Unfortunately, the authors did not double their hamstring grafts (as is commonly done clinically) for testing, and they also used 14-mm BPTB grafts, which are much wider than commonly used clinically, so some of their comparisons may have limited clinical applicability. The authors did note several limitations to their study, including that graft strength is only one of many factors for successful ACL reconstruction, that gripping was sometimes a problem during testing, and that they only performed uni-axial testing. Nevertheless, this article set the stage for critically analyzing graft choice based upon mechanical properties.

Subsequent studies, including those by Woo, Cooper, Howell, Brown, and others, now suggest that several grafts are available that are stronger and stiffer than the native ACL, including BPTB, quadrupled hamstring (strongest and stiffest of all grafts studied), quadriceps tendon, tibialis anterior tendon, and posterior tibial tendon:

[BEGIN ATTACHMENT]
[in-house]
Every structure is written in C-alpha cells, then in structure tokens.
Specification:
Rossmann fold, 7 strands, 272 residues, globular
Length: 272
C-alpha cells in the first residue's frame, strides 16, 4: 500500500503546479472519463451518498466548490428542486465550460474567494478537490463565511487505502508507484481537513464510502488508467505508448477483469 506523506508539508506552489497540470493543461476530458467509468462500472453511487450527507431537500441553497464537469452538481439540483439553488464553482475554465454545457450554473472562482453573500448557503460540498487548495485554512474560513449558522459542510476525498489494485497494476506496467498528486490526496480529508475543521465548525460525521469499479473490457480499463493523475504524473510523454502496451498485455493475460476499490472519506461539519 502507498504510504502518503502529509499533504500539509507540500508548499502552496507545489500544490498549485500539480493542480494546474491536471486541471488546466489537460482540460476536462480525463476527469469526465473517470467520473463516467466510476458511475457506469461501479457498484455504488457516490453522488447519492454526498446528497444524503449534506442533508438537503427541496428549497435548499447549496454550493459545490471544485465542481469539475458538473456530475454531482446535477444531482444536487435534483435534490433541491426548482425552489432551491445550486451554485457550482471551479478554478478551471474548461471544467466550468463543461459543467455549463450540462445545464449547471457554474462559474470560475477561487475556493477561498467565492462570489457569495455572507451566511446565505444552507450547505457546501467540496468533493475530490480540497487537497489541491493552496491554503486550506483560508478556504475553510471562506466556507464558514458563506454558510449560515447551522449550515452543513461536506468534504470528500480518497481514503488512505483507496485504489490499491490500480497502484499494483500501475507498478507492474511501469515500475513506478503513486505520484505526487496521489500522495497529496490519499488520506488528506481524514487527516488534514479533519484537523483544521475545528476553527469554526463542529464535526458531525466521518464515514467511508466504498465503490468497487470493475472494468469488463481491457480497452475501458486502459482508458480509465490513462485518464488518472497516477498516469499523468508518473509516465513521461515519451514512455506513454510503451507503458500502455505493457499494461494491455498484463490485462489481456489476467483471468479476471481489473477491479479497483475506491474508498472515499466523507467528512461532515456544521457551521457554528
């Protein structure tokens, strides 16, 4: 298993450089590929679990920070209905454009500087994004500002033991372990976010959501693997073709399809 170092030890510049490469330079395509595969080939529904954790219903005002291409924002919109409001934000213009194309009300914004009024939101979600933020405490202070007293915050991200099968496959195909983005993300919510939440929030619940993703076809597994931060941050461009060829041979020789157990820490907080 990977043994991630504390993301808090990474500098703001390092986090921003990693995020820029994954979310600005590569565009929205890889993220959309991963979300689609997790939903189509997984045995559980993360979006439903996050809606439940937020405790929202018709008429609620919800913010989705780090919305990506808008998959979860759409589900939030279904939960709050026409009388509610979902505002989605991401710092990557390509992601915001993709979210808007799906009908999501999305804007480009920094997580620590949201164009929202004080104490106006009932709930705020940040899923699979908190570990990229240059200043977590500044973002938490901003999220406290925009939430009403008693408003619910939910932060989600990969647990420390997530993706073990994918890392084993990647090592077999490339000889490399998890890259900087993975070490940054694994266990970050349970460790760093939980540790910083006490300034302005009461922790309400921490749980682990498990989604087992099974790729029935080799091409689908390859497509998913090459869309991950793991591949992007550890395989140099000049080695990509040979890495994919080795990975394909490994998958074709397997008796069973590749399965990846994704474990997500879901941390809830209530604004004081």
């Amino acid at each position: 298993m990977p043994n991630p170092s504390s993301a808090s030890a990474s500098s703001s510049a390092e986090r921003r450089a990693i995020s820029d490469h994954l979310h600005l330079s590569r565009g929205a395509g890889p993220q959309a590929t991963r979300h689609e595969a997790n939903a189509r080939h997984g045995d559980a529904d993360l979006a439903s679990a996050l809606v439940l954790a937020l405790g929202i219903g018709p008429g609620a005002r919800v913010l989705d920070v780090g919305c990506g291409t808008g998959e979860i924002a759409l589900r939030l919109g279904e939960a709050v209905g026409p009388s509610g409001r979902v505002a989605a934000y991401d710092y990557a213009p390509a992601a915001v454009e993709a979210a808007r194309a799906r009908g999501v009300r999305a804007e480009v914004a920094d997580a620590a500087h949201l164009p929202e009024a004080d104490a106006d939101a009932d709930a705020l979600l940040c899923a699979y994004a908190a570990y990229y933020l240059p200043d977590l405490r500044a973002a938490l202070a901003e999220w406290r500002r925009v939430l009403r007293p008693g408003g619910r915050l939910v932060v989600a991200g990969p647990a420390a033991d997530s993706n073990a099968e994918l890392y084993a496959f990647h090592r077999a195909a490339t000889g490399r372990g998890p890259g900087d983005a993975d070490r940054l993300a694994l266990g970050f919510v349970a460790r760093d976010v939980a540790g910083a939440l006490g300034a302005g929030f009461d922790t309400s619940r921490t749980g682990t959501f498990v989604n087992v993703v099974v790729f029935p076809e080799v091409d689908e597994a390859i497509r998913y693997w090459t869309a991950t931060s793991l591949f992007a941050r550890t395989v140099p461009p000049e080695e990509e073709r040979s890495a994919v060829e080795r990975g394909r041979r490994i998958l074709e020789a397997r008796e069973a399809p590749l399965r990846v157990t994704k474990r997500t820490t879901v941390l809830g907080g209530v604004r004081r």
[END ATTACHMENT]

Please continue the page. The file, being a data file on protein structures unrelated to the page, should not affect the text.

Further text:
Graft Type Ultimate Strength(N) Stiffness (KN/m)
Native ACL 2160 292
BPTB 2977 620
Quadrupled Hamstring 4590 861
Quadriceps Tendon 2352 463
Tibialis Anterior 3412 344
Posterior Tibialis 3391 302

Of course, many other ACL reconstruction controversies continue to be debated, including technique, fixation, and autograft vs. allograft. But graft strength and stiffness will continue to be one of many important factors for the ACL surgeon to consider, especially if future options such as ACL augmentation and the use of synthetics and biologics become available. We welcome comments from JBJS readers.

Mark D. Miller, MD

JBJS Deputy Editor for Sports Medicine